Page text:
Regardless, their reason for being at the job fair could be the same as yours (just curious). It could also hint at a deep dissatisfaction with their current position or compensation, they could even be there on behalf of a friend who was unable to attend due to other obligations. You don't know, and frankly, it's not your business unless they choose to share it with you. That goes both ways. They don't know why you were there, and its none of their business unless you choose to share why with them.

  • 9
    @FreeMan I couldn't possibly be implying that a person is more than their job title, that would be scandalous.
    – GOATNine
    Commented Jun 9, 2022 at 11:34
  • Wouldn't it be fine/good to let the mentee know that if they wanted to talk about it, the mentor is okay with it? For all we know, the mentee may want to talk about it but isn't comfortable with it. The trick is how to do it in a way that isn't pushy, and truly comes across as "fine if you do, fine if you don't."
    – yshavit
    Commented Jun 10, 2022 at 15:08
  • 2
    @yshavit - Everybody is different. If the mentee manages to hide that hypothesized elephant in the room emotion and manages to operate as usual, it's best not to spoil it. And if they can't, and something is clearly in the air, smile and ask whether anything is amiss and see how they formulate whatever problem they may feel. Let them pick the angle they care about, and also let them keep the box shut if that's what they prefer. That's a way to confirm that everything is fine between the two of you without forcing the topic. Commented Jun 10, 2022 at 21:17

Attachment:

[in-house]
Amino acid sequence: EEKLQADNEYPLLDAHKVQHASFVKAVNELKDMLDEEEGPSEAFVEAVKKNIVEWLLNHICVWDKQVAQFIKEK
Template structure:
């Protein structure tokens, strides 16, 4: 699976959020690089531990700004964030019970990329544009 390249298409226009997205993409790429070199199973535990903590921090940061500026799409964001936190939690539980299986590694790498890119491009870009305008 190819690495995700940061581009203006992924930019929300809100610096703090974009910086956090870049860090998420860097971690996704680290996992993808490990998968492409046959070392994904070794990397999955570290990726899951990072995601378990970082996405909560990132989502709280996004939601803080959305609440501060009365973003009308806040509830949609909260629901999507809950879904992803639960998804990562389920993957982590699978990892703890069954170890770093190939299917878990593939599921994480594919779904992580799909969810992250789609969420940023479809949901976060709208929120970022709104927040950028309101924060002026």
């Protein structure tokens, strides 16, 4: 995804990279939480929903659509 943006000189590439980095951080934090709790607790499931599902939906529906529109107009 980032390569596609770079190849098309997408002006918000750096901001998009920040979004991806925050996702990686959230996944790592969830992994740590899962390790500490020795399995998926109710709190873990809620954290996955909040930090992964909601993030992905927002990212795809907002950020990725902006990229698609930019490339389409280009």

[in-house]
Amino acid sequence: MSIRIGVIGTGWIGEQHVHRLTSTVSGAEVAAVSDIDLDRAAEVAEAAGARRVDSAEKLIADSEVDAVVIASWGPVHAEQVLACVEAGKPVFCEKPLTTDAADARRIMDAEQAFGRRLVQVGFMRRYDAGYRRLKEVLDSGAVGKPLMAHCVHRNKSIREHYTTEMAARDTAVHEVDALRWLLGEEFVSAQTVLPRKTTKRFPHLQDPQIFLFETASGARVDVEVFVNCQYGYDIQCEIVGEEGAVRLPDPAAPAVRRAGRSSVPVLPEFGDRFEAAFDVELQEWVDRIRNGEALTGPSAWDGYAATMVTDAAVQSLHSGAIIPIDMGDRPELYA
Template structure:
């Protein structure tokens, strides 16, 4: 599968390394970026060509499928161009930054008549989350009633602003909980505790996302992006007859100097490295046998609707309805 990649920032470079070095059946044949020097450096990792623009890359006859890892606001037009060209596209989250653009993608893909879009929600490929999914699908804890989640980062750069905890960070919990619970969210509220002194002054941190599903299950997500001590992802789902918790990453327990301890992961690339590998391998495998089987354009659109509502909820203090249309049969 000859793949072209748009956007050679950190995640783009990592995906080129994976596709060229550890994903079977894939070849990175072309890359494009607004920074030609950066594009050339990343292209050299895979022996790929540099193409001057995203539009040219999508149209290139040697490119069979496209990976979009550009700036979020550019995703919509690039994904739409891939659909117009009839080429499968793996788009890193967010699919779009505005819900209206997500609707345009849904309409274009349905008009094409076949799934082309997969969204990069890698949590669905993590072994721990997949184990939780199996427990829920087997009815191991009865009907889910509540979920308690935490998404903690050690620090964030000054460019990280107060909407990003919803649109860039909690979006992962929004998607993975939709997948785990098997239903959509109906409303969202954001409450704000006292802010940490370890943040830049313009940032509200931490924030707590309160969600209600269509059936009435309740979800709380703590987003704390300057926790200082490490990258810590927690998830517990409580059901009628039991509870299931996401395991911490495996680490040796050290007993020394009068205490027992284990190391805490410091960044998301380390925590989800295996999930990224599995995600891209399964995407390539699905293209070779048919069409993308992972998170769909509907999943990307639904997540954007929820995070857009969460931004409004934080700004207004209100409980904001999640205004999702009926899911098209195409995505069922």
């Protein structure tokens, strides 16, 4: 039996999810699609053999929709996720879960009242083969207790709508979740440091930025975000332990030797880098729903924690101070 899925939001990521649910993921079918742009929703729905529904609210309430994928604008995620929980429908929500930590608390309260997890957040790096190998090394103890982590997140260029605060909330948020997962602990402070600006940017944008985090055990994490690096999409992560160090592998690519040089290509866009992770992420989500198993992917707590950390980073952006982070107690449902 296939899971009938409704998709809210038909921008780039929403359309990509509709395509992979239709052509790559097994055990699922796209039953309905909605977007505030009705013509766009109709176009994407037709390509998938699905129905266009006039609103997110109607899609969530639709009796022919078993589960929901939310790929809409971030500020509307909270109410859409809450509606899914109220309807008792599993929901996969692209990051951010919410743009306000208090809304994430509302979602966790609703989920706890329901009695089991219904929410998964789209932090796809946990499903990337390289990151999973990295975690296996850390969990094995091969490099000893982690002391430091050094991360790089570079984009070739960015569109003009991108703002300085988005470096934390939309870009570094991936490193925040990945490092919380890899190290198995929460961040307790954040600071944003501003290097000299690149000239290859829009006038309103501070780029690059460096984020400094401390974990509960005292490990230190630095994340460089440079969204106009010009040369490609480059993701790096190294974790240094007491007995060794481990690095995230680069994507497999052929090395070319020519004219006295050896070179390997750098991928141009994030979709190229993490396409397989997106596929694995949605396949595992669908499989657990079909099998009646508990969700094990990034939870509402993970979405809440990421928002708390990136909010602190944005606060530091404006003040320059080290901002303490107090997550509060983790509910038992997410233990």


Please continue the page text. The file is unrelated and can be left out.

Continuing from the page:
• 2
    Thank you @GOATNine. I took your advice and didn't bring it up. I think the fact that they didn't bring it up indicates that they didn't feel comfortable addressing it and there wasn't a point where it felt there was an elephant in the room. This was the best possible outcome.
    – Smittey
    Commented Jun 14, 2022 at 12:32
  • 1
    @Smittey I'm always glad to help.
    – GOATNine
    Commented Jun 14, 2022 at 13:29

Should I bring up the accidental meet and if so how should I navigate the conversation without making them feel awkward? How do I bring the conversation around to being productive and positive for their career?

No. You have no idea why they were there, and frankly, it isn't your business. If they bring it up then feel free to talk about it. Otherwise, I wouldn't broach the subject.


them potentially wanting to leave the company

You should assume this for everyone*.

Someone not doing that, well, that would be the exception. It may even happen that a bunch of people enjoy working for the company, then suddenly leave the company together with colleagues. Why? Because they realize the good environment/teamwork/conditions of the company are quite often not intrinsic to the company, but to the people themselves.